We now reach tithing as required in the Mosaic Law. The Mosaic Law (hereafter simply "Law"), you may recall, refers to the commandments given by God to his people in the Old Testament books: Exodus, Leviticus, Numbers, and Deuteronomy. It is only in the Law that we find a clear description of tithing as a command. As we shall see, tithing in the Law is a complicated issue with specific requirements.
Now, those who think that tithing is a requirement for Christians today believe that the commandments to tithe, found in the Law, carry over into the new covenant. Thus, it is important to understand what, exactly, is commanded in the Law concerning tithing.
The three important passages in the Law that discuss tithing are Leviticus 27:30-33, Numbers 18:21, and Deuteronomy 14:22-29. They read as follows:
Based on these passages, scholars have identified three different tithes that were required by the Israelites, namely, the Levitical Tithe, the Festival Tithe, and the Poor Tithe.
The Levitical Tithe (Leviticus 27:30-33; Numbers 18:21) was a yearly tithe given to the Levites and Levite priests as reward for their service (the Levite priests acted as the mediators between the people and God, offering daily sacrifices for sin). Specifically, the command is to tithe only on fruit, seed, and livestock from the holy land (or Israel). One was not commanded to tithe on other items, such as money, fish, treasure, etc., or on items produced outside the holy land. The purpose of this tithe was to sustain the Levites.
The Festival Tithe (Deuteronomy 12:17-19; 14:22-27; 26:10-16) was another required tithe. Importantly, the givers of this tithe were also the receivers of the tithe; the givers remained the owners of the tithe. God would choose the place where the Israelites would consume the tithe as part of a religious festival. They would either eat the tithe or "turn it into money" and spend the money on "whatever their appetite craved". The purpose of this tithe was to "learn to fear the Lord your God always."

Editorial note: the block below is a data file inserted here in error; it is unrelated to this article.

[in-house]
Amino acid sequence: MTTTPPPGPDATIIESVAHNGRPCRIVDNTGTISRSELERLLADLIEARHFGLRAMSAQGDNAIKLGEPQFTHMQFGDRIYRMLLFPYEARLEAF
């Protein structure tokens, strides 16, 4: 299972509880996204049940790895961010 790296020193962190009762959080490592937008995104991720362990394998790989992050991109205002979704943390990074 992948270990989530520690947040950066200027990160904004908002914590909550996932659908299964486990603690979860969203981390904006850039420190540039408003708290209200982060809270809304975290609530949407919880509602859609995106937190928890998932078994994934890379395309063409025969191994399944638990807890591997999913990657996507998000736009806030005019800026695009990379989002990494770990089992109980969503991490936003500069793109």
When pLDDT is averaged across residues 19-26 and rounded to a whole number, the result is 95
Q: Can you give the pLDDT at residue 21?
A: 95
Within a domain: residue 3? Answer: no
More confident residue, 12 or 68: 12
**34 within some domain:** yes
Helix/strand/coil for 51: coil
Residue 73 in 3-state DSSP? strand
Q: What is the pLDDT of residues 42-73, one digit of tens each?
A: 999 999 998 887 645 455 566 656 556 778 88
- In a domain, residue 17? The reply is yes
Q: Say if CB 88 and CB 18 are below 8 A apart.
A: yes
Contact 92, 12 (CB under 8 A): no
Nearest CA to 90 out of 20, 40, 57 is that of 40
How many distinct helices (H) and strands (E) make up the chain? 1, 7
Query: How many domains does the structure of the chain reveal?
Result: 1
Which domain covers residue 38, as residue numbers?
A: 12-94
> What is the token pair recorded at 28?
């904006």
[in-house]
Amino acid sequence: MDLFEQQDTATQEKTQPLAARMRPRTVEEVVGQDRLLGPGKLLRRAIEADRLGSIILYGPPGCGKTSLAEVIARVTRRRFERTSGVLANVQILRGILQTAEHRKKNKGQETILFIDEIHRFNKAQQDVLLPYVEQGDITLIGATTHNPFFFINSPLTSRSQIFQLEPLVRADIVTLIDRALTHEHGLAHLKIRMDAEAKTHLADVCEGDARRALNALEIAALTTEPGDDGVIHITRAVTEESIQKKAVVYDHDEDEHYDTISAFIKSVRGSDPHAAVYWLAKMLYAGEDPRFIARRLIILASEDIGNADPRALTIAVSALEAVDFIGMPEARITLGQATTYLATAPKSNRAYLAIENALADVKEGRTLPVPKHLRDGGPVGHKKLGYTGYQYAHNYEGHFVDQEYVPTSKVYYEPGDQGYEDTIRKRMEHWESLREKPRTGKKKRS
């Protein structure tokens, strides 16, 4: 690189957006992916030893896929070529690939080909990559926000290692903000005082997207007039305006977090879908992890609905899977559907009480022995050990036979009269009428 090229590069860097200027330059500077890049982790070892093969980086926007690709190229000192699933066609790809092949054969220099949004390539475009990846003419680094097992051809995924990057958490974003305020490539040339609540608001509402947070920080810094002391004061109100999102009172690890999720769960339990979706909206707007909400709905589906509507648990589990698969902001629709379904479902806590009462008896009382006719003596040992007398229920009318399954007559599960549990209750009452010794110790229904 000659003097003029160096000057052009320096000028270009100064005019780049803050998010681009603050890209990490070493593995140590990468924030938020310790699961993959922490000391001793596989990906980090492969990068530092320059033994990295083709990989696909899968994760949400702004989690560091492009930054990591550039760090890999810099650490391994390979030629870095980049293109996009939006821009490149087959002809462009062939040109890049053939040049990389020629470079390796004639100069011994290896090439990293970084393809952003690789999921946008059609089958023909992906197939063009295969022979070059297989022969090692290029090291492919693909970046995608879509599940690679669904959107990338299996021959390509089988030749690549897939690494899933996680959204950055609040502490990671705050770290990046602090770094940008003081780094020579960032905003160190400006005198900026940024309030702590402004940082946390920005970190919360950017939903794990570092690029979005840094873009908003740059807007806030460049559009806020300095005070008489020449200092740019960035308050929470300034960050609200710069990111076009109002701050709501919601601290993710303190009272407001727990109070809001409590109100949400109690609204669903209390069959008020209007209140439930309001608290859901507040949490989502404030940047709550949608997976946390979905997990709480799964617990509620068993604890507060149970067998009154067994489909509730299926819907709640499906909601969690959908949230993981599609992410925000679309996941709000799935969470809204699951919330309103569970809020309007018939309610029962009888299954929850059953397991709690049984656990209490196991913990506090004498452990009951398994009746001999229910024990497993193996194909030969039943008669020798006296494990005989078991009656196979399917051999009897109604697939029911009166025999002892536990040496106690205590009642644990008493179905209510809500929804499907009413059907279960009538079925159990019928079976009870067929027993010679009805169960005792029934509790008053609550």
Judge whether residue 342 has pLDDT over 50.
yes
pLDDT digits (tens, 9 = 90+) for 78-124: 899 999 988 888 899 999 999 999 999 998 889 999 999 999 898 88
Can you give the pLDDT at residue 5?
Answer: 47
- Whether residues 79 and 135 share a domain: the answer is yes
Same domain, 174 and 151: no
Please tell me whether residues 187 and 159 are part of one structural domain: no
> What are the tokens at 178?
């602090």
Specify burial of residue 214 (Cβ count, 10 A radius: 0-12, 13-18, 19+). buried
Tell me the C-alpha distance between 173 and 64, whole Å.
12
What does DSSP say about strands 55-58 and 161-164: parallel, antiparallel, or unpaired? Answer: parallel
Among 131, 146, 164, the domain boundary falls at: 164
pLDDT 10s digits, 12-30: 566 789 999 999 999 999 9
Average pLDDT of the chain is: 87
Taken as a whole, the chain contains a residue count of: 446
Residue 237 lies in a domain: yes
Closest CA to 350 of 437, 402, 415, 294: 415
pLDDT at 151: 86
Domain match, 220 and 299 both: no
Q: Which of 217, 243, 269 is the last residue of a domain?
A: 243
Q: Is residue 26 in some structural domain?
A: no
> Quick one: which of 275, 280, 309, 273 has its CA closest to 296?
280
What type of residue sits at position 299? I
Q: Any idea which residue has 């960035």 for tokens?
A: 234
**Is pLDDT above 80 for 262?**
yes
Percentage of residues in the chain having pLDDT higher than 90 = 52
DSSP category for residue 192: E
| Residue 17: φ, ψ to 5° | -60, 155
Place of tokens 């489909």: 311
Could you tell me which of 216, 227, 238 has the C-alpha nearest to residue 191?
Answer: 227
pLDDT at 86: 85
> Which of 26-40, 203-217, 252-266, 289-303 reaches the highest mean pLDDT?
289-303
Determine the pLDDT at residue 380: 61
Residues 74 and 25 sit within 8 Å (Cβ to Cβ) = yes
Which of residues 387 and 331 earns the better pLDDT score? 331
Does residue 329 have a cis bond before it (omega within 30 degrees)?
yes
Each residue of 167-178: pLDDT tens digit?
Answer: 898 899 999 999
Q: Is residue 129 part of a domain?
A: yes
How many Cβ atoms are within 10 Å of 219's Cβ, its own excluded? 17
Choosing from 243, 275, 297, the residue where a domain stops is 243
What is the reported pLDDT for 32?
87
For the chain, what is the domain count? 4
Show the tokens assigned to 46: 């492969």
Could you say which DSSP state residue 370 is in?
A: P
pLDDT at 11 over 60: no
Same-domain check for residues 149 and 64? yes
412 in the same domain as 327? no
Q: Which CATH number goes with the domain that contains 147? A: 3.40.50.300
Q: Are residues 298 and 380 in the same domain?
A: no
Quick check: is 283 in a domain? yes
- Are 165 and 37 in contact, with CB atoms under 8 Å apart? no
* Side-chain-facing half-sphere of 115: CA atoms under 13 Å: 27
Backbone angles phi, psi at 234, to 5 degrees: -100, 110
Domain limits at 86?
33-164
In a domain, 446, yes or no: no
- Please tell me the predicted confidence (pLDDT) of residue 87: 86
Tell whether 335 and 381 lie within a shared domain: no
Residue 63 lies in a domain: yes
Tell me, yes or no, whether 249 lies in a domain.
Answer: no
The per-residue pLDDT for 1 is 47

The Poor Tithe (or Charity Tithe or Welfare Tithe) (Deuteronomy 14:28-29) was a tithe offered every third year. This tithe was given to the needy, specifically, to orphans, widows, foreigners, and the Levite. The purpose of this tithe was to support the needy.
Now, we should note several facts about tithing in the Law. First, the Law commands, not just one type of tithe, but multiple tithes. The Israelites could not choose only one tithe to perform, but they had to perform all three tithes. They could not, for example, ignore the Festival tithe and only offer the Levitical and Poor tithes.
Second, scholars agree that the total tithe the Israelites were required to give amounted to 20 percent or more of their produce. Unlike modern tithers, the Israelites did not merely give 10 percent, but they had to give around 20 percent.
Finally, several classes of people were not required to tithe. In his article, "The Role and the Place of Tithing in the Context of Christian Giving" (Evangelical Journal of Theology, vol. VIII (2014), No. 2, pp. 143-162), Ervin Budiselić writes,
We can see, then, that tithing in the Law is very different to modern tithing. "Modern tithing" is usually understood as follows:
Consequently, if you are a modern tither because you believe that the Mosaic Law of tithing applies to you, then you face the awkward reality that you have been tithing wrongly. Assuming that the Law of tithing applies today:
We can see, then, how unreasonable it is to try to apply tithing, as prescribed in the Law, to the church today. There are no longer Levites or Levite priests in today's church, since Christ fulfilled this priesthood. There are no longer temples required to be sustained, since the temple has been fulfilled by Christ and Christians. All the festivals (that the Festival tithe went to), such as passover, Pentecost, and the Feast of Tabernacles, have been fulfilled.
Therefore, it is very difficult to see how tithing applies to us today, or how tithing in the Mosaic Law relates to modern tithing.